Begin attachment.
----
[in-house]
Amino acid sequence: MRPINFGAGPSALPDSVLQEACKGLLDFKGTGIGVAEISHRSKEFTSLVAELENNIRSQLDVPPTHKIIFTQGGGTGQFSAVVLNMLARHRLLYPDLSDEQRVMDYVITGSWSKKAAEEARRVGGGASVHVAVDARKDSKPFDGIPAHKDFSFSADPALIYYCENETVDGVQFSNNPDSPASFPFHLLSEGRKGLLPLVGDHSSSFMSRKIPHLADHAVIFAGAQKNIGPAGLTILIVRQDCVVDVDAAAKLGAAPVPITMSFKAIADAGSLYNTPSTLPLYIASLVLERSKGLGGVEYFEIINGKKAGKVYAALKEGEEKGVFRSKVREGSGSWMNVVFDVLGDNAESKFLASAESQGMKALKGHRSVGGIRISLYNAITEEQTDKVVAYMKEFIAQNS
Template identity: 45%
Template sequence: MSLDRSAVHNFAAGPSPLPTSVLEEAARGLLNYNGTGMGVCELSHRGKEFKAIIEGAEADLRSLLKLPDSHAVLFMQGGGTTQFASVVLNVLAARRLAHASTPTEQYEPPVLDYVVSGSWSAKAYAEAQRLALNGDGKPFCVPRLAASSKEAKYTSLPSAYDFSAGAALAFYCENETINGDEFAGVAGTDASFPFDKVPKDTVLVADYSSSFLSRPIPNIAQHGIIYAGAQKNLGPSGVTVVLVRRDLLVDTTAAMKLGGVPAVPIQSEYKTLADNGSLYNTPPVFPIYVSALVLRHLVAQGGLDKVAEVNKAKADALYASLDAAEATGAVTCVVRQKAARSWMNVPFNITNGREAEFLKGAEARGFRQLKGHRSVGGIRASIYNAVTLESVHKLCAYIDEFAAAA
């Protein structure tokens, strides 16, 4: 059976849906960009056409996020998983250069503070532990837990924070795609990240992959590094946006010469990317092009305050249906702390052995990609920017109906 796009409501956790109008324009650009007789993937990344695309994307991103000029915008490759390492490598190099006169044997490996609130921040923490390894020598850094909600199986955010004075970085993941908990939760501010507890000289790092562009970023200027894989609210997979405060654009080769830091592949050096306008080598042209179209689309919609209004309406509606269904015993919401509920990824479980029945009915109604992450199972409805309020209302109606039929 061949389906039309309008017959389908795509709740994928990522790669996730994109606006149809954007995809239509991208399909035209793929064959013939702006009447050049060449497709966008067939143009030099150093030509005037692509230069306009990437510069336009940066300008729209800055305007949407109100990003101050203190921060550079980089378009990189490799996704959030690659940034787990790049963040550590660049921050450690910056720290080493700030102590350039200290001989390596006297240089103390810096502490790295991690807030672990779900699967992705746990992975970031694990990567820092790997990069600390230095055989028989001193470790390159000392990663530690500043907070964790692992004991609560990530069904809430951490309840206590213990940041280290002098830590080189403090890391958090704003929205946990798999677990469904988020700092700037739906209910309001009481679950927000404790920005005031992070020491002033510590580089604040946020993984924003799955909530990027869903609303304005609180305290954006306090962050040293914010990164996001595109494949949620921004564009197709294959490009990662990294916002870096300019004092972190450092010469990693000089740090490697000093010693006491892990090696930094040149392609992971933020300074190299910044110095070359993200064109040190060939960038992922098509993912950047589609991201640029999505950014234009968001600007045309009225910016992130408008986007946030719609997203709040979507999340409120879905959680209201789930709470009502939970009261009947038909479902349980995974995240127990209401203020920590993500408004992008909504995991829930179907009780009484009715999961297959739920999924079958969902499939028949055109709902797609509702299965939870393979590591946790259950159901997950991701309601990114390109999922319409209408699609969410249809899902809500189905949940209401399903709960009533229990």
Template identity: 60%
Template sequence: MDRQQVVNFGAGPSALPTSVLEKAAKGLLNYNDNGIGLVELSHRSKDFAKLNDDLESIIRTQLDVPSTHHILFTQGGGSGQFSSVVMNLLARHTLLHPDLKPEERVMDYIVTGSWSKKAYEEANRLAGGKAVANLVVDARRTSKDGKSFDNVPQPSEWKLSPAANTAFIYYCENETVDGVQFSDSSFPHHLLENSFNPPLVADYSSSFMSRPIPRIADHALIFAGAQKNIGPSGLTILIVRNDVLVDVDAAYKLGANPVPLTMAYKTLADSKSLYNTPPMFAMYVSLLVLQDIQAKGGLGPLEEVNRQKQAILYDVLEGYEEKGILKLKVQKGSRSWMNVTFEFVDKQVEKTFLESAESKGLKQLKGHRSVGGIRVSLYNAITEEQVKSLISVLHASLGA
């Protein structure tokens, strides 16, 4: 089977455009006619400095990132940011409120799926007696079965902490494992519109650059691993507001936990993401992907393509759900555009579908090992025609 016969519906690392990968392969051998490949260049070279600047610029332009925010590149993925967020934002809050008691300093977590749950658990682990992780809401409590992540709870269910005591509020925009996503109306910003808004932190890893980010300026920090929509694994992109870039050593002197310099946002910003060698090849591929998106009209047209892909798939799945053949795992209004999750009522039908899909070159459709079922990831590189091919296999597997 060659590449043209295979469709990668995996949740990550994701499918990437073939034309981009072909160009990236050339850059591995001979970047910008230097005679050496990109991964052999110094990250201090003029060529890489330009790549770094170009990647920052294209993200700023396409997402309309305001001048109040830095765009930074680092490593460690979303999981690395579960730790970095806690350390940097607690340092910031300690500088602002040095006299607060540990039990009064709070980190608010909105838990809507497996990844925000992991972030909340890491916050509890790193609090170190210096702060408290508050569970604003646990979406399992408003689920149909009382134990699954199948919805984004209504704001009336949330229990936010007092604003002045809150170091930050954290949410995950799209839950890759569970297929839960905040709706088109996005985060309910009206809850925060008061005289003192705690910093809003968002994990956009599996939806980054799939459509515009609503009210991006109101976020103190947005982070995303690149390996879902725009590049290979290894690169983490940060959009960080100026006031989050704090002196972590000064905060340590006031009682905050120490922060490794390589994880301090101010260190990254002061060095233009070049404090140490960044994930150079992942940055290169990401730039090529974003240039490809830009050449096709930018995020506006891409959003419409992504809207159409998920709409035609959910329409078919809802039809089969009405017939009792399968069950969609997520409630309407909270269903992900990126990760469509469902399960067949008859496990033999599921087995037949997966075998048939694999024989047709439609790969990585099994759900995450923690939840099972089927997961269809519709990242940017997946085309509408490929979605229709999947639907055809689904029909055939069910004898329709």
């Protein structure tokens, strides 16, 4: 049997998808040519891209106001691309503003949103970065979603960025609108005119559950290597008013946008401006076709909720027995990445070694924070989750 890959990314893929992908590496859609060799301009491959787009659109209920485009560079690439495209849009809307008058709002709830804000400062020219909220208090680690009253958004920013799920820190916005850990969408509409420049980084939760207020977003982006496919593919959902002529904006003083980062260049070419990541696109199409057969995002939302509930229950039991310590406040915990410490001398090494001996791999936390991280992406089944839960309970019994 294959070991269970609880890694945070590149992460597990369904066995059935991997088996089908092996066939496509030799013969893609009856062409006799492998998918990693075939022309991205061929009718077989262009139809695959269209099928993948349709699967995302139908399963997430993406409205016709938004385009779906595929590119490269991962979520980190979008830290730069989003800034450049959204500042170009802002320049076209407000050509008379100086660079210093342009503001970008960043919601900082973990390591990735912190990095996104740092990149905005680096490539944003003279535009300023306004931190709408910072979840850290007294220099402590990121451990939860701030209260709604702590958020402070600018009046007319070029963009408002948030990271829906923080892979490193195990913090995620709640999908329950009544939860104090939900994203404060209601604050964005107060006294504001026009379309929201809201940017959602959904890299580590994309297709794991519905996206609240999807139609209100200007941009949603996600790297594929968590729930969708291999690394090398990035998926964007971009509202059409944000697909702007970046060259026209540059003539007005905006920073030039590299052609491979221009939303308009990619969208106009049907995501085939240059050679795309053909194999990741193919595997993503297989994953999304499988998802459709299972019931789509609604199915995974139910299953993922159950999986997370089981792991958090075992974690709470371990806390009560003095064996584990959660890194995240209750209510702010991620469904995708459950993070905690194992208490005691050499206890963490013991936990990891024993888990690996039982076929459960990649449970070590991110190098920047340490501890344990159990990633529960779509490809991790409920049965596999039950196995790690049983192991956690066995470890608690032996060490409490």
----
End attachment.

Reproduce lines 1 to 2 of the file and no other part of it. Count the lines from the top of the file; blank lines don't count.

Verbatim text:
[in-house]
Amino acid sequence: MRPINFGAGPSALPDSVLQEACKGLLDFKGTGIGVAEISHRSKEFTSLVAELENNIRSQLDVPPTHKIIFTQGGGTGQFSAVVLNMLARHRLLYPDLSDEQRVMDYVITGSWSKKAAEEARRVGGGASVHVAVDARKDSKPFDGIPAHKDFSFSADPALIYYCENETVDGVQFSNNPDSPASFPFHLLSEGRKGLLPLVGDHSSSFMSRKIPHLADHAVIFAGAQKNIGPAGLTILIVRQDCVVDVDAAAKLGAAPVPITMSFKAIADAGSLYNTPSTLPLYIASLVLERSKGLGGVEYFEIINGKKAGKVYAALKEGEEKGVFRSKVREGSGSWMNVVFDVLGDNAESKFLASAESQGMKALKGHRSVGGIRISLYNAITEEQTDKVVAYMKEFIAQNS